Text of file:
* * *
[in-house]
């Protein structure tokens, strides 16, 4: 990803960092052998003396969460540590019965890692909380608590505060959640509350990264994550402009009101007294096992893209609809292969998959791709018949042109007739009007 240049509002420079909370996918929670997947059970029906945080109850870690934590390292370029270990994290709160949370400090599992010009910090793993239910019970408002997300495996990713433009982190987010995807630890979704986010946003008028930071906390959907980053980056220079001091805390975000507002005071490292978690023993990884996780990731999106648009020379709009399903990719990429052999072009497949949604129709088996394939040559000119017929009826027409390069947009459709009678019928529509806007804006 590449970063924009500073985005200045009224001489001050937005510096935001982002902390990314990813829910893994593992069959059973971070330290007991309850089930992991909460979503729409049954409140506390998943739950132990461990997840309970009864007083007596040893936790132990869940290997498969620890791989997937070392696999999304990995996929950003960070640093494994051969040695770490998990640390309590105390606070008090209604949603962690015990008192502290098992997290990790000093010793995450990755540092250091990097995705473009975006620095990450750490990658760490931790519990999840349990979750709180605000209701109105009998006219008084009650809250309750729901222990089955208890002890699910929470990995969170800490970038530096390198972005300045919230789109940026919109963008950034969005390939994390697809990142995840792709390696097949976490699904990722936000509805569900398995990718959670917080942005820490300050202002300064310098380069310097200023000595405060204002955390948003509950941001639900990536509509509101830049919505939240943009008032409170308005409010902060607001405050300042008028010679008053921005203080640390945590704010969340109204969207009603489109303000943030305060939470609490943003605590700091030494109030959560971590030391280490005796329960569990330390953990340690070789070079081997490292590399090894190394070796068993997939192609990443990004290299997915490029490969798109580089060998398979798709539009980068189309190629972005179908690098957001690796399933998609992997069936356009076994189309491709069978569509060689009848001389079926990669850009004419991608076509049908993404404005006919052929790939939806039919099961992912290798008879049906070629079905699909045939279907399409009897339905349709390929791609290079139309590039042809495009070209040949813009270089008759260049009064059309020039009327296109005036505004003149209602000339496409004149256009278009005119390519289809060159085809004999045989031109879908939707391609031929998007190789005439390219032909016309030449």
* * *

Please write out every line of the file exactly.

[in-house]
């Protein structure tokens, strides 16, 4: 990803960092052998003396969460540590019965890692909380608590505060959640509350990264994550402009009101007294096992893209609809292969998959791709018949042109007739009007 240049509002420079909370996918929670997947059970029906945080109850870690934590390292370029270990994290709160949370400090599992010009910090793993239910019970408002997300495996990713433009982190987010995807630890979704986010946003008028930071906390959907980053980056220079001091805390975000507002005071490292978690023993990884996780990731999106648009020379709009399903990719990429052999072009497949949604129709088996394939040559000119017929009826027409390069947009459709009678019928529509806007804006 590449970063924009500073985005200045009224001489001050937005510096935001982002902390990314990813829910893994593992069959059973971070330290007991309850089930992991909460979503729409049954409140506390998943739950132990461990997840309970009864007083007596040893936790132990869940290997498969620890791989997937070392696999999304990995996929950003960070640093494994051969040695770490998990640390309590105390606070008090209604949603962690015990008192502290098992997290990790000093010793995450990755540092250091990097995705473009975006620095990450750490990658760490931790519990999840349990979750709180605000209701109105009998006219008084009650809250309750729901222990089955208890002890699910929470990995969170800490970038530096390198972005300045919230789109940026919109963008950034969005390939994390697809990142995840792709390696097949976490699904990722936000509805569900398995990718959670917080942005820490300050202002300064310098380069310097200023000595405060204002955390948003509950941001639900990536509509509101830049919505939240943009008032409170308005409010902060607001405050300042008028010679008053921005203080640390945590704010969340109204969207009603489109303000943030305060939470609490943003605590700091030494109030959560971590030391280490005796329960569990330390953990340690070789070079081997490292590399090894190394070796068993997939192609990443990004290299997915490029490969798109580089060998398979798709539009980068189309190629972005179908690098957001690796399933998609992997069936356009076994189309491709069978569509060689009848001389079926990669850009004419991608076509049908993404404005006919052929790939939806039919099961992912290798008879049906070629079905699909045939279907399409009897339905349709390929791609290079139309590039042809495009070209040949813009270089008759260049009064059309020039009327296109005036505004003149209602000339496409004149256009278009005119390519289809060159085809004999045989031109879908939707391609031929998007190789005439390219032909016309030449």